“What do we do now, knowing what we know?” This question was my favorite professor’s refrain every time our class stumbled across some great insight about faith, community, or doing good.
“What do we do now, knowing what we know?”
So, we are about six months into the 2020 pandemic. As of today, about 35 million people have contracted COVID-19, and over 1 million have died from it. Millions upon millions have faced insecurity in housing, food, employment, and child care.
In the United States, communities struggle to address the embedded inequalities and violence aimed at people of color. Statues of slave-holders have come down, bigoted CEO’s have stepped down, and protests have continued. Violence and property damage have occurred in some places, carried out by a few opportunists or right-winged extremists.
Wildfires on the West Coast have displaced over 200,000 people and thanks to the second most active hurricane season on record, thousands more in the Gulf Coast.
We cannot forget, of course, that 2020 is an election year.
2020 has been a dumpster fire of a year, and it’s not over. No wonder some of our more fundamentalist brothers and sisters of faith have seen apocalyptic overtones in 2020, hailing these days to be the last days.
“So, what do we do now, knowing what we know?”
But there’s an additional problem.
A few weeks ago, my sons Simon and Miles brought home information about town soccer. But the problem was, the K-2 soccer team in Starksboro did not have a coach. I got a call that very night by another parent asking if I would co-coach with him. K-2 soccer.
Now I’ve never played soccer or coached, but that’s why we have Youtube. And wanting my boys to participate in a fall sport after spring sports were canceled, I said yes and then went to my computer and googled “How to coach soccer.”
Luckily the other coach didn’t know a thing about soccer either, so, at our first practice, one of our drills was an army crawl, a technique I have yet to see us use in a game. We did study up on the pandemic precautions for youth soccer, and now have a good set of drills to keep us busy. But it was good to hear from a more veteran coach that this age group is a lot of fun, and coaching kids this age is a combination of keeping a positive attitude and herding cats.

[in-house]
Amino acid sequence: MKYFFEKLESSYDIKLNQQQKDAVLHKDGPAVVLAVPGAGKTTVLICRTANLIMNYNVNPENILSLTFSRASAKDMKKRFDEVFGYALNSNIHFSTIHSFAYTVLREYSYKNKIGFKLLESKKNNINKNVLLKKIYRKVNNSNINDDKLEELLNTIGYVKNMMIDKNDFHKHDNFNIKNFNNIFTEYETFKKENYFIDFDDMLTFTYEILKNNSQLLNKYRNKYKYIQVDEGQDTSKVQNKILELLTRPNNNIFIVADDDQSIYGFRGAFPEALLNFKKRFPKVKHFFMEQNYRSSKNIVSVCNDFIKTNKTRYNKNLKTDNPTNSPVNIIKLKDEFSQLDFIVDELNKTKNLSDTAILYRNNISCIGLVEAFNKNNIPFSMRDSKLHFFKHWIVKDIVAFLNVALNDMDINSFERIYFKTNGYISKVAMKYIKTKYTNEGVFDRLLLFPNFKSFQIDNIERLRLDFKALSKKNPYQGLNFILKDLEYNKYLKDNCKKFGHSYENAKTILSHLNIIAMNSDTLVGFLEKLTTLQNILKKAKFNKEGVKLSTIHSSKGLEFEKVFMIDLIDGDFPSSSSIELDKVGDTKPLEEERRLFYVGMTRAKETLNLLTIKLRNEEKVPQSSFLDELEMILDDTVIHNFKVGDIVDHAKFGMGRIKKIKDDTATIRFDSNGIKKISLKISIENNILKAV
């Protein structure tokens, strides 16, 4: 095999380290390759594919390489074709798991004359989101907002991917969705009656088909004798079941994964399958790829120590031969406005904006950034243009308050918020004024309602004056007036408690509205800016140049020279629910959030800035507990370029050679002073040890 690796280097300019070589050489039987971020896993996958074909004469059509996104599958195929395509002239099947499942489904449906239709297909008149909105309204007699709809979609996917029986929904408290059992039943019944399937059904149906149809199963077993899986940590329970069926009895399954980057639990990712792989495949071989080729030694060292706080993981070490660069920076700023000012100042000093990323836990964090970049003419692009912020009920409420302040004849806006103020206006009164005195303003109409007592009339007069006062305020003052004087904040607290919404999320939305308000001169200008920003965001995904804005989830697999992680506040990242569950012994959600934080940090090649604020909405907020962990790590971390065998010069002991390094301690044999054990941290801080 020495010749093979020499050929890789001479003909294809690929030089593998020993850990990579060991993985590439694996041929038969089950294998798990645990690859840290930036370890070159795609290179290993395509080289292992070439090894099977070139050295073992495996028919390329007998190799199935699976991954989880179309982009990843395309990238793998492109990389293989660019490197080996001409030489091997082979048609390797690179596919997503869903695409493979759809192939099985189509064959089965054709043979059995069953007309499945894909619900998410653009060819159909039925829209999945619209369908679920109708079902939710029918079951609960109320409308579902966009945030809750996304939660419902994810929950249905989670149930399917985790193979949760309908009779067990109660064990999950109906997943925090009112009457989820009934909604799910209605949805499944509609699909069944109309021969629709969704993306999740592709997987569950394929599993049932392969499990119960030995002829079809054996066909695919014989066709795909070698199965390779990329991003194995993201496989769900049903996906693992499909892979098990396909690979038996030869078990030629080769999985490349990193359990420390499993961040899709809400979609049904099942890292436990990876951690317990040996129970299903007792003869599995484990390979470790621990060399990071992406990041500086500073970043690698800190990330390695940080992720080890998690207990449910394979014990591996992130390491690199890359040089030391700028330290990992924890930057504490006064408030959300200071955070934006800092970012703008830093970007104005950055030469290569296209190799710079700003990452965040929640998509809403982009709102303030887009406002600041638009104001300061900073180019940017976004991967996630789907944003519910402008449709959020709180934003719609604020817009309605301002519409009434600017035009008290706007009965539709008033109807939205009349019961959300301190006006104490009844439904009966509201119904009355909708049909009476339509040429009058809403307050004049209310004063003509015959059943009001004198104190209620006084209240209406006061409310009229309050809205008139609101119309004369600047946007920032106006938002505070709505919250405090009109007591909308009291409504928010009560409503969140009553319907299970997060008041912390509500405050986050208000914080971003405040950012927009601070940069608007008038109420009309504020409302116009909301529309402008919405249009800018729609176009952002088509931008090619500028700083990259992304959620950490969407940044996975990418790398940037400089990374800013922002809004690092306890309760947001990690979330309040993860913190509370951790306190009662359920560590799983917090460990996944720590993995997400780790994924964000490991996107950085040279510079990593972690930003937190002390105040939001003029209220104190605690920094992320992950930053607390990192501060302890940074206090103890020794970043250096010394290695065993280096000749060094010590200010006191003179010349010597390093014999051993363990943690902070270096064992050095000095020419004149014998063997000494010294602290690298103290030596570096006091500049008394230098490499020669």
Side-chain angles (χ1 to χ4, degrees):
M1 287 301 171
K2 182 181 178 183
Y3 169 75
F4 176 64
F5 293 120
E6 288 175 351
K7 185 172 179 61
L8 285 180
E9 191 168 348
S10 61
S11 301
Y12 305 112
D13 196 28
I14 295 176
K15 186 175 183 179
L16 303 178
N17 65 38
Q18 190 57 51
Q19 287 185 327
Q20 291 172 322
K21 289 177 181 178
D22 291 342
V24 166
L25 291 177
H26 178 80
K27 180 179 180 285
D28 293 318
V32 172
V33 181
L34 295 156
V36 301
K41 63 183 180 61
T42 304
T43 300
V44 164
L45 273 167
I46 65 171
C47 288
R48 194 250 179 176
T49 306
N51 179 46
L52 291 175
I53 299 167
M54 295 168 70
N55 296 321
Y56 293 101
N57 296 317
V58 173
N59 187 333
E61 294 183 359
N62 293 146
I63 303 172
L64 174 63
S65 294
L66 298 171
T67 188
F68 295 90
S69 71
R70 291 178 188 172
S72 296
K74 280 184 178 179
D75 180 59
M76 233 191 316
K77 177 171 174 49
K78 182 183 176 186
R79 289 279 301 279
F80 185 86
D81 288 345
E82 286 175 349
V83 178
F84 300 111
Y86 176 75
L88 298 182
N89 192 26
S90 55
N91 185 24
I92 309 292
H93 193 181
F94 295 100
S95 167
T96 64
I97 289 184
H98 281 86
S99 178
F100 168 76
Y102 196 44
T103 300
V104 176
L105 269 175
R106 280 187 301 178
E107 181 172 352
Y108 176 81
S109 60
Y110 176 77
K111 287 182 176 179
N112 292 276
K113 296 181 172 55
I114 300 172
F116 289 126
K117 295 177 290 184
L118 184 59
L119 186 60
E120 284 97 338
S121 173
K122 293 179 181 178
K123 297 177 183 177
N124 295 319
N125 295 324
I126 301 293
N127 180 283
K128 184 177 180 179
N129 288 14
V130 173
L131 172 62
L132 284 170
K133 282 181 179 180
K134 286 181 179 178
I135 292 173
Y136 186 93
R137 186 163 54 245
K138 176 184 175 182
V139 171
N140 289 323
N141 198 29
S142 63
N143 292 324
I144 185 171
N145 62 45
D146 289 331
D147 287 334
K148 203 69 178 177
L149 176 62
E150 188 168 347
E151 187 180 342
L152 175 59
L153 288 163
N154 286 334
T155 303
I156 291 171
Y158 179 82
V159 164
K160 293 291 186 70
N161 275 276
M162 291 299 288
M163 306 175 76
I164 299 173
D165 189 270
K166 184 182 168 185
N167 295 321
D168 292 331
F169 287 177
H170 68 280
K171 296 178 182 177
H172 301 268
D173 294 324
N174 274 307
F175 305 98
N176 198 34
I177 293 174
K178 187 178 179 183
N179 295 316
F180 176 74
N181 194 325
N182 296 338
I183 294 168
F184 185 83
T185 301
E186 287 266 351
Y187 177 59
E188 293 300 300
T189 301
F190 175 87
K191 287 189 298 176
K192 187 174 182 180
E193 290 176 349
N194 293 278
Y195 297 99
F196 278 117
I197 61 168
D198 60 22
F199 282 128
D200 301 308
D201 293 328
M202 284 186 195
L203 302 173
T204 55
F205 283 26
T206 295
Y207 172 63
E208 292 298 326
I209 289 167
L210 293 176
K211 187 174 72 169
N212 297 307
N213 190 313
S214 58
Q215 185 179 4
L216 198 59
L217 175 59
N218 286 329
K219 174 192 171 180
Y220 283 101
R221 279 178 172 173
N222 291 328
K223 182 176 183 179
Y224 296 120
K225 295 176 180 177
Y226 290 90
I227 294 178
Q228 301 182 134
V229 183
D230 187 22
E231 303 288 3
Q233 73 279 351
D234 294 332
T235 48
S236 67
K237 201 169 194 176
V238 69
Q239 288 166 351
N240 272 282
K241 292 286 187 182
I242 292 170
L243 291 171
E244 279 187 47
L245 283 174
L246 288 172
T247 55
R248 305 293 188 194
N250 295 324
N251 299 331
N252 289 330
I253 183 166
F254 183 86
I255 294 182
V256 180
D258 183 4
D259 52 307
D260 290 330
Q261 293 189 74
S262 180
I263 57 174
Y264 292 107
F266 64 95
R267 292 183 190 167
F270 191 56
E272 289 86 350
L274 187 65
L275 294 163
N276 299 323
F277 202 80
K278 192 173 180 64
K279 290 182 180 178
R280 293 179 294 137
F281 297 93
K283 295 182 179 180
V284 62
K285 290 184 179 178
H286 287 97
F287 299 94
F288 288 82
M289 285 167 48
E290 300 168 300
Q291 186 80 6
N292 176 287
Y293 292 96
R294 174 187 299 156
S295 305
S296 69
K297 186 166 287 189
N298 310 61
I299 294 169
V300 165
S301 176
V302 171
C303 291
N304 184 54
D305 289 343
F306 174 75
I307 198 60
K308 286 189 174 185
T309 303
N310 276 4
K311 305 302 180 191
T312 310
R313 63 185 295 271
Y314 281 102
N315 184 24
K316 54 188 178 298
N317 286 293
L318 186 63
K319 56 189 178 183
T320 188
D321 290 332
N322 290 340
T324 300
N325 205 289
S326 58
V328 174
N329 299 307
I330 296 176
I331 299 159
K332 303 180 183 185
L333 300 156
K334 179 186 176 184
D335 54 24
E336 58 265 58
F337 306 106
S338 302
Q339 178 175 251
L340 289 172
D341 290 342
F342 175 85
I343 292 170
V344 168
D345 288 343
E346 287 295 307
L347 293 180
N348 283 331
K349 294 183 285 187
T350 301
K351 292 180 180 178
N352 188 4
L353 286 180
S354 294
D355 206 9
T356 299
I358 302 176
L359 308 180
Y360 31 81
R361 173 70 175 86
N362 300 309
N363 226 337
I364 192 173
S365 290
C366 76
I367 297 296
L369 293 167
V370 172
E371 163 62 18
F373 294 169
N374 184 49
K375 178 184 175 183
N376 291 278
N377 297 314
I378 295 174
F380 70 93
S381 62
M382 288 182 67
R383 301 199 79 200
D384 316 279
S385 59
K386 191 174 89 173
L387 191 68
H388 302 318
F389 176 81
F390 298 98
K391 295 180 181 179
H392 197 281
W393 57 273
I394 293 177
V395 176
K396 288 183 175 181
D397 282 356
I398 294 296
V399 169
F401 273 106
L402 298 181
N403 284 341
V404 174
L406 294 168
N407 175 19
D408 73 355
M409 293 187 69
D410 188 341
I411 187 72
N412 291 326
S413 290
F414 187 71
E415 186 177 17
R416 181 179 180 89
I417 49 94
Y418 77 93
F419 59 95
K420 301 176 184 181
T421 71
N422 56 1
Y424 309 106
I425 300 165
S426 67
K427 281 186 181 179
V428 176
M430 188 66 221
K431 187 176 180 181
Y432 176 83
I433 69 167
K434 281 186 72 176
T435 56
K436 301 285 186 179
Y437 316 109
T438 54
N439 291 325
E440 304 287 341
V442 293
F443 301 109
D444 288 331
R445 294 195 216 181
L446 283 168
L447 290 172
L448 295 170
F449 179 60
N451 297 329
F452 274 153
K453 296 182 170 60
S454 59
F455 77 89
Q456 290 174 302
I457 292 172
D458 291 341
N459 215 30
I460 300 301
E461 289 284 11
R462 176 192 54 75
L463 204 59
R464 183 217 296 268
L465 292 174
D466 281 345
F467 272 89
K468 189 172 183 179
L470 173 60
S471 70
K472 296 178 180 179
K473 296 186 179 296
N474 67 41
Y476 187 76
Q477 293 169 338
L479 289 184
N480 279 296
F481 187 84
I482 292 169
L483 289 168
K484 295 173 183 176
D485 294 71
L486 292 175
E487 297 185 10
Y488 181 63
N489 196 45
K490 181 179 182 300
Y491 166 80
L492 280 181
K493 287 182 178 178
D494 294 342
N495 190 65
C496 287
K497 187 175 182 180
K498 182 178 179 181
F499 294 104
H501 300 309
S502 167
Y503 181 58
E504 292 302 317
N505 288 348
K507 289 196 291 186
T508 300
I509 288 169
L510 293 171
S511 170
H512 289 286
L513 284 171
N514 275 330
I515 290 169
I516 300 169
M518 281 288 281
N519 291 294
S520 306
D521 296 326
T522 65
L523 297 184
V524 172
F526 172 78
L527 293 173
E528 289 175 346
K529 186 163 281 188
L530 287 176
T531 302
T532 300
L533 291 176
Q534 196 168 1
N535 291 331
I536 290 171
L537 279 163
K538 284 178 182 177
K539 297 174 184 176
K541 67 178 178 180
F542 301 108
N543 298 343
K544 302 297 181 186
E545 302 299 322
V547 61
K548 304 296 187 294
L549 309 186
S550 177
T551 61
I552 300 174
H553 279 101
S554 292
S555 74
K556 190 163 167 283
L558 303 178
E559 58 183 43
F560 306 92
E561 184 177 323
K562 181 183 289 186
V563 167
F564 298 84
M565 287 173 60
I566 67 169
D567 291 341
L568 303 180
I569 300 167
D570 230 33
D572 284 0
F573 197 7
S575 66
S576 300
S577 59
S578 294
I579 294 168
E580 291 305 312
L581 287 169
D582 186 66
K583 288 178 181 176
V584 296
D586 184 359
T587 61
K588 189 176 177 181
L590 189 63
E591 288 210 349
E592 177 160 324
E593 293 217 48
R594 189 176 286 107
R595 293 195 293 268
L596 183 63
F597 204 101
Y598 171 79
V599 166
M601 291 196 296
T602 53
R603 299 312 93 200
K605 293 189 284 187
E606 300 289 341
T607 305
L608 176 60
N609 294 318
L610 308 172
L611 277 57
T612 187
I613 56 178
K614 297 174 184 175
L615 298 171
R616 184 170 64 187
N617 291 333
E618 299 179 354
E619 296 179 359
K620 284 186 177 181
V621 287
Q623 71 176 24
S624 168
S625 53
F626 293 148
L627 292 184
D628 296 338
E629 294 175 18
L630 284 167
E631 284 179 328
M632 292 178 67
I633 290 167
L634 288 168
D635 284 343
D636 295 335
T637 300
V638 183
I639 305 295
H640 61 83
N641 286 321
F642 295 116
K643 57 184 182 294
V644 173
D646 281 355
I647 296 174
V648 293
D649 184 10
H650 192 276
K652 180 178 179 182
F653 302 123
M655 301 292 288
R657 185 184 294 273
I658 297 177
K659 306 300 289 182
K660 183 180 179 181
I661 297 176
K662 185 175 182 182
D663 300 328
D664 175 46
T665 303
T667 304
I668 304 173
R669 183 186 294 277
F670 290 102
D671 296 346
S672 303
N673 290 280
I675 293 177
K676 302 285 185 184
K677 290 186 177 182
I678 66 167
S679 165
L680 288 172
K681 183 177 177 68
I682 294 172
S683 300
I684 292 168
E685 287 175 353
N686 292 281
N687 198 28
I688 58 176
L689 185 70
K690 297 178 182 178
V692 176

And I’ve had a blast doing it.
And then, last Friday, at our game in Bristol, I realized that I was full of joy. If you haven’t been to a K-2 soccer game before, imagine a small field with one ball and 47 legs trying to kick that one ball all at the same time. Goals are being scored mostly by accident while defenders find worms, throw grass at each other, or catch bugs. There’s a lot of little boy energy on the team, so kids waiting to go in on the sidelines mostly practice karate or talk about Minecraft.
But because my brain never seems to stop these days, sometime toward the end of the game, I was reminded that we are in the middle of a pandemic, social unrest, political distrust, wild fire-y and hurricane season. Am I even allowed to feel joyful these days?
“What do we do, knowing what we know?”
In some ways, Philippians attempts to answer this question.
In the early 60’s CE, the Apostle Paul writes to the first church he founded in Europe at Philippi in modern-day Greece. Paul has spent time among the community, and there is evidence of mutual support. We also know that Paul is writing this letter from prison, awaiting sentencing in Rome. He has likely been held in confinement for over two years. And yet, the tone of the message is overwhelmingly positive. In today’s Scripture reading, Paul is attempting to mend a fracture in the community. Two leaders – Euodia [U – O – DEE – A] and Syntyche [SIN – TIE – KEY] have been disputing, either with each other or with Paul. Paul reminds these two leaders that they are on the same team and encourages the congregation to support these women through whatever rift there is.
Then Paul does something interesting; it seems as if he changes the subject. He calls on this faith community to “Rejoice in the Lord always,” and to “let your gentleness be known to everyone.” Further, he calls on the community to “Not be anxious, but to go to God in prayer and be thankful.” These practices will, he claims, bring this community peace.
Finally, Paul drives home his point by calling upon the community to think about those things that are beneficial for living together, being truthful, honorable, justice-oriented, pure, beauty-seeking, worshipful, and excellent in a Bill and Ted sort of way, I imagine. This, too, focusing one’s thinking on good things, also brings peace to the community and everyone in it.
Are we allowed to feel joyful during 2020?
There is so much illness, disaster, and distrust in the world right now.
And yet, for the Apostle Paul, as he sits in prison and pens a letter to one of his struggling faith communities, he writes about joy. He calls the Philippians his joy, even when all is not well. He’s even optimistic, hoping to be released soon, excited to send his partner Timothy to help them, and expecting to visit soon.